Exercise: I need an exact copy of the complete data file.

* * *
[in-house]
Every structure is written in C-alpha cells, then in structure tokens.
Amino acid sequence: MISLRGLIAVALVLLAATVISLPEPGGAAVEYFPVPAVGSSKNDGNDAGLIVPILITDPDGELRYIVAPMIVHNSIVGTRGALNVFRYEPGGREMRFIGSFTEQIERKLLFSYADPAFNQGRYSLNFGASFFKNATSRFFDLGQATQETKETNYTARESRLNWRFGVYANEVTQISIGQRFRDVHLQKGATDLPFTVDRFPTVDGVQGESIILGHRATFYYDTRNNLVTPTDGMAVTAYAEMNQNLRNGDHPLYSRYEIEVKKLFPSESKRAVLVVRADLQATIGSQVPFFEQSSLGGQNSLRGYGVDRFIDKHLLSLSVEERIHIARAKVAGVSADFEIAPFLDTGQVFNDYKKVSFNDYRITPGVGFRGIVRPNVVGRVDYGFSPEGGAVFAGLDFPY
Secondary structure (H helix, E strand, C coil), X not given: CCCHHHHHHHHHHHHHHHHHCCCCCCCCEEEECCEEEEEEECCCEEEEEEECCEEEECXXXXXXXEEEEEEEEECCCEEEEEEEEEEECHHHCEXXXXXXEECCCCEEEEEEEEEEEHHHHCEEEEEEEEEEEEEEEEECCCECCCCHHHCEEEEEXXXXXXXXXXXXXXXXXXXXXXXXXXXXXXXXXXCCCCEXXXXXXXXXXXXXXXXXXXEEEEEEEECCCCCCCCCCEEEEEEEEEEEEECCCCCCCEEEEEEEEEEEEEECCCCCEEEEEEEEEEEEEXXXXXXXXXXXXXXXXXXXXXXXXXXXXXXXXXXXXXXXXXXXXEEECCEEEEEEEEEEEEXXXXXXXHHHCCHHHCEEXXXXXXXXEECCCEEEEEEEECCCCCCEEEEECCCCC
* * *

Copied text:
[in-house]
Every structure is written in C-alpha cells, then in structure tokens.
Amino acid sequence: MISLRGLIAVALVLLAATVISLPEPGGAAVEYFPVPAVGSSKNDGNDAGLIVPILITDPDGELRYIVAPMIVHNSIVGTRGALNVFRYEPGGREMRFIGSFTEQIERKLLFSYADPAFNQGRYSLNFGASFFKNATSRFFDLGQATQETKETNYTARESRLNWRFGVYANEVTQISIGQRFRDVHLQKGATDLPFTVDRFPTVDGVQGESIILGHRATFYYDTRNNLVTPTDGMAVTAYAEMNQNLRNGDHPLYSRYEIEVKKLFPSESKRAVLVVRADLQATIGSQVPFFEQSSLGGQNSLRGYGVDRFIDKHLLSLSVEERIHIARAKVAGVSADFEIAPFLDTGQVFNDYKKVSFNDYRITPGVGFRGIVRPNVVGRVDYGFSPEGGAVFAGLDFPY
Secondary structure (H helix, E strand, C coil), X not given: CCCHHHHHHHHHHHHHHHHHCCCCCCCCEEEECCEEEEEEECCCEEEEEEECCEEEECXXXXXXXEEEEEEEEECCCEEEEEEEEEEECHHHCEXXXXXXEECCCCEEEEEEEEEEEHHHHCEEEEEEEEEEEEEEEEECCCECCCCHHHCEEEEEXXXXXXXXXXXXXXXXXXXXXXXXXXXXXXXXXXCCCCEXXXXXXXXXXXXXXXXXXXEEEEEEEECCCCCCCCCCEEEEEEEEEEEEECCCCCCCEEEEEEEEEEEEEECCCCCEEEEEEEEEEEEEXXXXXXXXXXXXXXXXXXXXXXXXXXXXXXXXXXXXXXXXXXXXEEECCEEEEEEEEEEEEXXXXXXXHHHCCHHHCEEXXXXXXXXEECCCEEEEEEEECCCCCCEEEEECCCCC